1 onion

1 x 400g tin chopped tomatoes

1 x 400g tin borlotti beans

1 handful coriander

1 yellow pepper

2 tsps smoked paprika

1/2 tsp ground cinnamon

20g grated cheddar

20g soured cream

1 avocado

1 spring onion

1 red chilli

1. Preheat the oven to 220 degrees. Place the tortilla wraps flat on a baking tray (use 2 if you need to), drizzle with half of the olive oil and bake in the oven for approximately 5 minutes until starting to crisp. Remove from the oven.

2. Pour the rest of the olive oil into a saucepan. Chop the onion and add to the saucepan. Cook over a medium heat for 2 minutes, then add the chopped coriander stalks (reserve the leaves for later).

3. Add the chopped tomatoes, borlotti beans, sliced yellow pepper, smoked paprika and cinnamon. Simmer for 10 minutes, until thick.

4. Spoon the tomato mixture onto the tortillas, as you would a pizza sauce onto a pizza base. Top each one with grated cheese, then put back in the oven for 5 minutes until the cheese is melted and the tortillas are golden.

5. Top each tostado with a dollop of soured cream, sliced avocado, a handful of coriander leaves and some sliced spring onion and chilli. Enjoy!

Vegetable Korma


Vegetable Korma (1)

If someone asks you to think of a korma, what do you think of? Do you think of a bright, vibrant curry? Or do you think of a sickly sweet, yellow curry with a claggy sauce and most likely some overcooked chicken pieces?

In my opinion, the korma has been the ‘go to’ curry for when curry houses need to sell something mild. It feels unloved. There is no reason a korma needs to be like this; it is defined as a dish originating in South Asia or Central Asia[1] consisting of meat and/or vegetables braised in a spiced sauce made with yogurt, cream, nut or seed paste. There is nothing in there to say it needs to have a dyed yellow sauce, or that says it needs to taste overwhelmingly of dessert.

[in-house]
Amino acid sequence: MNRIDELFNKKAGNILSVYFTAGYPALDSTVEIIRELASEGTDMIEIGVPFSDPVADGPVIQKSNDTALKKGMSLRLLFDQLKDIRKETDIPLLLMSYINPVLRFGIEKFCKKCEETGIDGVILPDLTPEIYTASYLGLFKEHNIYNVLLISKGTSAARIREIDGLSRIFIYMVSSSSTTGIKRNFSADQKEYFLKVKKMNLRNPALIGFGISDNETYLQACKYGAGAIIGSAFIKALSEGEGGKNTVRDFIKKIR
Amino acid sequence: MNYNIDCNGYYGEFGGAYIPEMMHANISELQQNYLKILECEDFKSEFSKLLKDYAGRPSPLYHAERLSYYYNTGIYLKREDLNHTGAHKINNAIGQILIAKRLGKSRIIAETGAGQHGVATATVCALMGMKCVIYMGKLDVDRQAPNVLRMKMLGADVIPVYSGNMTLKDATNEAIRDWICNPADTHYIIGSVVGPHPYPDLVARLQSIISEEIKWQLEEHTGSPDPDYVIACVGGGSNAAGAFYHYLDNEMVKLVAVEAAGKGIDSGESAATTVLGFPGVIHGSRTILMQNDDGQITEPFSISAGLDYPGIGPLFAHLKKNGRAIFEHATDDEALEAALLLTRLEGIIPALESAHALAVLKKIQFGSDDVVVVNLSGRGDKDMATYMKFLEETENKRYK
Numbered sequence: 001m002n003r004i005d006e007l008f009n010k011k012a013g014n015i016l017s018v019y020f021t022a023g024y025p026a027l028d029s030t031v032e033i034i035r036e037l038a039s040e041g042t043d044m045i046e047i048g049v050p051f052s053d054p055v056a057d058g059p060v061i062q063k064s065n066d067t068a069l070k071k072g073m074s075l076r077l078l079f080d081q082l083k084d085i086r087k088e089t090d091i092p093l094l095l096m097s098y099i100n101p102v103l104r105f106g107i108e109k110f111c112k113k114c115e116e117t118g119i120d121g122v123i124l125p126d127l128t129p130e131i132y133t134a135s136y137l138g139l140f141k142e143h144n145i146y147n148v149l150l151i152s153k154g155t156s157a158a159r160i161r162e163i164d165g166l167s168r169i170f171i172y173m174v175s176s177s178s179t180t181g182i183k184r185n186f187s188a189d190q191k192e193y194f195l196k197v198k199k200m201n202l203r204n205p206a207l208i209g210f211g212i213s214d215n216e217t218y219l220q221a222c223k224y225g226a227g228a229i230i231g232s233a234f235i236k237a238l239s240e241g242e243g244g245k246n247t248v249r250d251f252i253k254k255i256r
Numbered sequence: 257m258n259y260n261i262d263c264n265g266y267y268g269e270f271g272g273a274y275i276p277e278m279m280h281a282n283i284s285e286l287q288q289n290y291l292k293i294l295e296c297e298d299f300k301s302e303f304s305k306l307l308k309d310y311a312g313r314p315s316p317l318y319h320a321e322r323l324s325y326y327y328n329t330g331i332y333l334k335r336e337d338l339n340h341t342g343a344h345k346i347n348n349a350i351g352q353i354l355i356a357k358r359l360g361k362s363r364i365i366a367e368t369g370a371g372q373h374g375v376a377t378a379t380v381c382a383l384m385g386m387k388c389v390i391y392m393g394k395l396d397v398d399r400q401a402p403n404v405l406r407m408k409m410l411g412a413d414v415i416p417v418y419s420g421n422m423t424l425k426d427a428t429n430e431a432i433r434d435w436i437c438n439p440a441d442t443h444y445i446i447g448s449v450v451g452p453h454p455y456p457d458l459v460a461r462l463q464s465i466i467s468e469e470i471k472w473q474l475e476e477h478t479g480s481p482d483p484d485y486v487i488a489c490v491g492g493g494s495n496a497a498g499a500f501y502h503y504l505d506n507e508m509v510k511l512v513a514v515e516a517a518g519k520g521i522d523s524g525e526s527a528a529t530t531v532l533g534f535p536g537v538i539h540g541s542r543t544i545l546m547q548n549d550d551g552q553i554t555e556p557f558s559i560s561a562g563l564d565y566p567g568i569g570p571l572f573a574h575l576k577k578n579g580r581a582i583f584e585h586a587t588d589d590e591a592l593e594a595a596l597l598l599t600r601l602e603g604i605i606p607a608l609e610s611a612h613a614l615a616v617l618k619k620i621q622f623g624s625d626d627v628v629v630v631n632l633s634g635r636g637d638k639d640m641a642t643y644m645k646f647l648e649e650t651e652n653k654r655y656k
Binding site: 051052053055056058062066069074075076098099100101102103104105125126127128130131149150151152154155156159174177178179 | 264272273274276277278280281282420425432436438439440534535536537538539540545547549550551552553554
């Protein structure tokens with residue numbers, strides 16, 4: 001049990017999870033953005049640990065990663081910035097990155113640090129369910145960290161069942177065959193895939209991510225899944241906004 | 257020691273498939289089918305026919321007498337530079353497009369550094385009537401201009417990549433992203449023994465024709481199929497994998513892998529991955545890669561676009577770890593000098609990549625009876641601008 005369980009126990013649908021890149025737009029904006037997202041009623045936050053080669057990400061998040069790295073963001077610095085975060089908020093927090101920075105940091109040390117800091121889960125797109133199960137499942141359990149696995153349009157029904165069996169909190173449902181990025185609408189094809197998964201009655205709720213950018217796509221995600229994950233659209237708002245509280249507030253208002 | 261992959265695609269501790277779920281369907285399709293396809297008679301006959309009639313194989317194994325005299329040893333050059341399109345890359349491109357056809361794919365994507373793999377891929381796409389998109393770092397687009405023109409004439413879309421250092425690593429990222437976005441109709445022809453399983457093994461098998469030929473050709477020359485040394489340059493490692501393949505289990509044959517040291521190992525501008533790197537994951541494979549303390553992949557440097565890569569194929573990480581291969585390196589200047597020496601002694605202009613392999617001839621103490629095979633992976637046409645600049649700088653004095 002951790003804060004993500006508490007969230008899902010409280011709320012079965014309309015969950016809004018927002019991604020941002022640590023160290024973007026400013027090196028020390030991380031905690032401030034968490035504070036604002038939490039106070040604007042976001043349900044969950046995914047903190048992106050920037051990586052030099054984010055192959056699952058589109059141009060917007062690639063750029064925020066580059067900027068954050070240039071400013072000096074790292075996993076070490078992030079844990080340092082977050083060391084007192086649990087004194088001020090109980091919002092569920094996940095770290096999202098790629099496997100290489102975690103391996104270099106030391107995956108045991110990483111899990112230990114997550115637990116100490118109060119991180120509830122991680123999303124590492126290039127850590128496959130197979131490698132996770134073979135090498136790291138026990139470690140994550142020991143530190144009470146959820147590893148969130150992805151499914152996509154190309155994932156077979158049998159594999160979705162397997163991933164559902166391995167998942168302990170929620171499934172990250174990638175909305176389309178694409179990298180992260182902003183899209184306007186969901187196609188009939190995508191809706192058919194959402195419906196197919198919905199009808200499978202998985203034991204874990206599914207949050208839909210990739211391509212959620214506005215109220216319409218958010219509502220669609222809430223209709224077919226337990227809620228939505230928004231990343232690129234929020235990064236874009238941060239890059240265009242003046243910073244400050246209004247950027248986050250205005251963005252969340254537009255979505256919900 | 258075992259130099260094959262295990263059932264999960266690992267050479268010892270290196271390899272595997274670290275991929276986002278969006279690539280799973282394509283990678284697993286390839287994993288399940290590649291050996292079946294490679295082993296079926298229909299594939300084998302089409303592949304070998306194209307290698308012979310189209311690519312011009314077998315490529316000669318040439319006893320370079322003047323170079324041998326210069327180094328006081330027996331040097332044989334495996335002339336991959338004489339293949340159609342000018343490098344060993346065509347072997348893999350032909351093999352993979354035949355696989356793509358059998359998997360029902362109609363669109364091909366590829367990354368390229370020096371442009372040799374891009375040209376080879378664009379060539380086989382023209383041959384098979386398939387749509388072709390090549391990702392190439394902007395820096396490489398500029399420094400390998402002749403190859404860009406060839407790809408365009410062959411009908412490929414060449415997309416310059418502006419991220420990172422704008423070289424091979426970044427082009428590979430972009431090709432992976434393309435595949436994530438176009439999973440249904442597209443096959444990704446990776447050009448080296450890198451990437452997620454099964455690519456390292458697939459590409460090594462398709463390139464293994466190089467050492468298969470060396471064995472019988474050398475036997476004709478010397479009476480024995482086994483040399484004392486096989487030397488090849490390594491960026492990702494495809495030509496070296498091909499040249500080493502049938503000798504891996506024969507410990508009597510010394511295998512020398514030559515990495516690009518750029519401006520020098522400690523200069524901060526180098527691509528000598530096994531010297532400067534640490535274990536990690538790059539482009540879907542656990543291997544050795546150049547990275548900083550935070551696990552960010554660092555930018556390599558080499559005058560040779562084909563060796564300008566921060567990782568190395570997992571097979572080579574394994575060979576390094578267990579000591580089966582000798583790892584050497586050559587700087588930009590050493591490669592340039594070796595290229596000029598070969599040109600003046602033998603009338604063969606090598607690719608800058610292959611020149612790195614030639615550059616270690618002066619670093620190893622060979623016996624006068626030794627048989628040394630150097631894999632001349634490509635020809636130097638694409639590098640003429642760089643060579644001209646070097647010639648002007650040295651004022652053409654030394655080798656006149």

This particular version makes vegetables the star of the show, and is in fact vegan (I used coconut milk rather than yoghurt or cream to make the sauce). It’s also so tasty you won’t believe it’s good for you. Make it when you’re craving a curry – trust me, you’ll love it and you’ll feel much better afterwards than if you got a takeaway.

This will take 30-40 minutes to make, and will serve 4.

Vegetable Korma (2)

Vegetable Korma

1 baking potato

3 tbsps vegetable oil

1/2 tsp mustard seeds

1 onion, finely chopped

2 tsps garam masala

1/2 tsp cumin

1/2 tsp ground coriander

2 cloves garlic, finely chopped

3cm piece of ginger, finely chopped

1/2 green chilli, finely chopped

1 carrot, cut into 1cm pieces

300g dwarf beans, cut into 1 inch lengths

100g frozen peas

1 tin coconut milk

1. Bring a small pan of water to the boil. Peel the potato and chop into 1.5 cm chunks. Par boil for approximately 10 minutes.

2. In a large, high edged frying pan, heat the oil over a medium heat. Add the mustard seeds and onion; cook for 2 minutes, stirring often.